SOCIOLOGICAL STUDY OF RESTITUTION OF CONJUGAL RIGHTS
Written Vaishnavi K
The word “restitution” means to restoration of something that has been stolen or lost and in terms of personal relationships refers to compensation for loss through recovery of the relationship while the word “conjugal” refers to issues regarding marriage or marital relationship between a husband and wife. The main goal and essence of marriage is both the spouses living together, carrying out their social as well as economic responsibilities and offering companionship to one another. But if any one of the spouses leaves the other without any the aggrieved party can seek justice through restitution of conjugal rights.
The concept of restoration of conjugal rights is to give relief to a spouse that has been abandoned by their significant other. It aims to provide remedies to a spouse whose other half has withdrawn from his or her company and society without a reasonable cause or justification to those who suffered from the unwilling separation. It does so by giving the aggrieved party the right to file a petition claiming relief for restitution of conjugal rights. The court will grant the relief by ordering the guilty party to live with the aggrieved party by issue decree only if some conditions are fulfilled. They are:
- One of the spouses must have withdrawn from the society of another;
- The withdrawal must be without any reasonable excuse;
- The aggrieved party must file a petition for obtaining the relief of Restitution of Conjugal Rights;
- The court must be satisfied in the statements made by the petitioner.
The concept of restitution of conjugal rights first originated in England in their Ecclesiastical Courts where if a spouse was abandoned by their partner without any justification they could go to court and obtain orders from the court which would require the spouse to cohabit with the aggrieved spouse. In India marriage is considered to be a sacred bond and union between two individuals where separation was considered to be a sin and thus there were no laws in ancient India regarding separation. The concept of restoration of conjugal rights was brought to India through the British and found its way into the Indian legal system under section 9 of the Hindu Marriage Act of 1955 which states that:
“When either the husband or the wife has, without reasonable excuse, withdrawn from the society of the other, the aggrieved party may apply, by petition to the district court, for restitution of conjugal rights and the court, on being satisfied of the truth of the statements made in such petition and that there is no legal ground why the application should not be granted, may decree restitution of conjugal rights accordingly”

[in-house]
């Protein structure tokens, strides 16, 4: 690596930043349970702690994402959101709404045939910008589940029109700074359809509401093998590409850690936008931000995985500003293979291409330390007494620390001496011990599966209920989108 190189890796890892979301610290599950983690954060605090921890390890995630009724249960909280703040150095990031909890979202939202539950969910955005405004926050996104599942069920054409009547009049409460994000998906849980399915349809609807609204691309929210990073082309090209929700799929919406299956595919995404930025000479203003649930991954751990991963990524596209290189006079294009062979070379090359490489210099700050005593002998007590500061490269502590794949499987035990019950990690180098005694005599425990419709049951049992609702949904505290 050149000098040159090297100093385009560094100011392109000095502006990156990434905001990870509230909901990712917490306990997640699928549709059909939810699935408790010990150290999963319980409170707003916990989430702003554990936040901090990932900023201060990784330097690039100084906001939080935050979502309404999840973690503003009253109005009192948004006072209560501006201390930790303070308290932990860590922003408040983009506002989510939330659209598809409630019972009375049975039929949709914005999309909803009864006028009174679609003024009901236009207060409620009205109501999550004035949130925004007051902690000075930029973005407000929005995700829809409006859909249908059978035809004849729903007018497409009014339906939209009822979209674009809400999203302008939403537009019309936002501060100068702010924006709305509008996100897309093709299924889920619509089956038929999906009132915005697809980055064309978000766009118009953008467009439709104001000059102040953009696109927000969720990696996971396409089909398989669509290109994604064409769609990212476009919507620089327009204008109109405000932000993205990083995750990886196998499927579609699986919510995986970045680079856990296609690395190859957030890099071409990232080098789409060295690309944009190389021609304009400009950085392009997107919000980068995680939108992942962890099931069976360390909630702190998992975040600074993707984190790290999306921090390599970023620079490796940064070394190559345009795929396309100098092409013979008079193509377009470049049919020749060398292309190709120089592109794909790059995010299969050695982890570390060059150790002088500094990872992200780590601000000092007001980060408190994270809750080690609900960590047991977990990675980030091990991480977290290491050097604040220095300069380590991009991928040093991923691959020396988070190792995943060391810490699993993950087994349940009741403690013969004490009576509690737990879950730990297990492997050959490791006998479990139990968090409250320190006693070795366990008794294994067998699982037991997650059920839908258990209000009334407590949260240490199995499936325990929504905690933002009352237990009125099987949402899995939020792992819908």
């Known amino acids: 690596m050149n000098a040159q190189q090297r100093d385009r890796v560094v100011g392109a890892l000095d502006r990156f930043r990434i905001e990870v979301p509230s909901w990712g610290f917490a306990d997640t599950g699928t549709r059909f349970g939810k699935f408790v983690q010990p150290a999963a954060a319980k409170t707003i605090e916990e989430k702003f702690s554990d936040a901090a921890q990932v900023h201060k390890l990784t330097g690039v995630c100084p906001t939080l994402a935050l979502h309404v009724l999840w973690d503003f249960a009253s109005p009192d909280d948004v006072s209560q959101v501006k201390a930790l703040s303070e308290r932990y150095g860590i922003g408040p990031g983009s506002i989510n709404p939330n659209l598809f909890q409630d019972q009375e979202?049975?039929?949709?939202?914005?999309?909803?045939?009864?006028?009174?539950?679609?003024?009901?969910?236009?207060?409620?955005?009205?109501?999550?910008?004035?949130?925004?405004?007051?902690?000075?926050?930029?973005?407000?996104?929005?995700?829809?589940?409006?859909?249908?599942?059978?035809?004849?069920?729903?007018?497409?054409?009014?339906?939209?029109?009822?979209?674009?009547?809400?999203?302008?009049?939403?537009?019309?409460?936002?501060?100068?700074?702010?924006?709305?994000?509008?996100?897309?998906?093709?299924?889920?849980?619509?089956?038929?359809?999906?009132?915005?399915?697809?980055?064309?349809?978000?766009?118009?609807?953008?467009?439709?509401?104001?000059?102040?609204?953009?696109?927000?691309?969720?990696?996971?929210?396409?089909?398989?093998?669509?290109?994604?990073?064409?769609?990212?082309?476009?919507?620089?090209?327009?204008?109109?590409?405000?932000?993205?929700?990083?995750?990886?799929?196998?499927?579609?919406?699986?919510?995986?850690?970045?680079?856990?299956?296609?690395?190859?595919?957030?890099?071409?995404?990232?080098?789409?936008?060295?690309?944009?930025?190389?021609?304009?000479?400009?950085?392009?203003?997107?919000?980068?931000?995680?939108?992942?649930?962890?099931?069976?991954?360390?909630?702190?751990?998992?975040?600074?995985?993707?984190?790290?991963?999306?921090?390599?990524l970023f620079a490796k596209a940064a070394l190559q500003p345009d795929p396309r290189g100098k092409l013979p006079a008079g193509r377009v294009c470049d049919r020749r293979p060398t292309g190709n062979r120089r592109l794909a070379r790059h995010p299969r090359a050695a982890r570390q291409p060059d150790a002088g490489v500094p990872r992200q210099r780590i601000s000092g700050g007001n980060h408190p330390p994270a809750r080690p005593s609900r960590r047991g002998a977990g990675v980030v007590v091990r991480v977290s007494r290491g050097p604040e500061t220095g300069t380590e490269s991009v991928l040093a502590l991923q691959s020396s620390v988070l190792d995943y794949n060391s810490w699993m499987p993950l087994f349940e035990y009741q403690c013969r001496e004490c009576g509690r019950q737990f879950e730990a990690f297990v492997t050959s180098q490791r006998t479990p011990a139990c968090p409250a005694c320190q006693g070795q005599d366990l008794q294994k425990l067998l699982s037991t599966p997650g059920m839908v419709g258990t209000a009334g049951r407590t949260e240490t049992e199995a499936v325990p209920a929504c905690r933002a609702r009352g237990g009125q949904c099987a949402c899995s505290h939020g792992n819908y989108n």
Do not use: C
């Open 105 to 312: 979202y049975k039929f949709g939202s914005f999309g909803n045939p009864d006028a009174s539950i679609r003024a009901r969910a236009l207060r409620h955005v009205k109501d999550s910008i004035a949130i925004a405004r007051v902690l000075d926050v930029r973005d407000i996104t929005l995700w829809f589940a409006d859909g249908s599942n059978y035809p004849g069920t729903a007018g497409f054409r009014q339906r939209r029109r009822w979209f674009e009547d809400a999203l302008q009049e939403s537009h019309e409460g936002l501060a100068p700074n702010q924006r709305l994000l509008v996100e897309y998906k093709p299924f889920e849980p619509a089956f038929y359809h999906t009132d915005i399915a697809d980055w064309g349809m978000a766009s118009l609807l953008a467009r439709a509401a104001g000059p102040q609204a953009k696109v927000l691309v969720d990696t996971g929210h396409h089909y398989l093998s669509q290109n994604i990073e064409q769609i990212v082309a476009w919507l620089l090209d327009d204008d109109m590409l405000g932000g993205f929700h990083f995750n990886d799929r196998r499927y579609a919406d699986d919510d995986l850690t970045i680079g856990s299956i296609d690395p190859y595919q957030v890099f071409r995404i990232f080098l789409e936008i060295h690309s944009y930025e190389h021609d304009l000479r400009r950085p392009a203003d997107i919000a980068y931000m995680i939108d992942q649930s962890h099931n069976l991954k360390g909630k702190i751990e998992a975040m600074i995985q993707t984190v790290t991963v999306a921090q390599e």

There are similar provisions in Chapter VII, of the Muslim Personal Law (Shariat) Application Act, 1937 , to Christians under Section 32 and 33 of the Indian Divorce Act, 1869, to Parsis under Section 36 of the Parsi Marriage and Divorce Act, 1969 and in Section 22 of the Special Marriage Act, 1954 to inter-caste marriages. This right was for the very first time was implemented by the Privy Council in India, in the case of Moonshee Bazloor v. Shamsoonaissa Begum.
The constitutional validity of the provision for restitution of conjugal has been a matter of debate and discussion for a long time. For instance, it was challenged before the Andhra Pradesh High Court in Sareetha v. T. Venkatasubbaiah. In this case Sareetha claimed that section 9 of the Act is liable to be struck down as it violates Article 14 and 21 of the Constitution .Justice Choudary held that section 9 is unconstitutional as it violates the right to privacy and human dignity guaranteed by Article 21 of the Constitution. But the case of Saroj Rani v. Sudharshan changed this as the Supreme court of India gave a judgment which upheld the constitutional validity of the Section 9 of the Hindu Marriage Act, 1955 and over-ruled the decision given in Sareetha v. T. Venkatasubbaiah giving the justification that the main purpose of this right was “to offer inducement for the husband or wife to live together” and to settle their differences amicably.”
In conclusion, it can be agreed that this right was introduced with the noble intentions of preserving the value of the scared institution of marriage by promoting reconciliation between the couple. But this varies from case to case, and more often than not it hasn’t had the desired effect as it violates the basic fundamental liberties of an individual.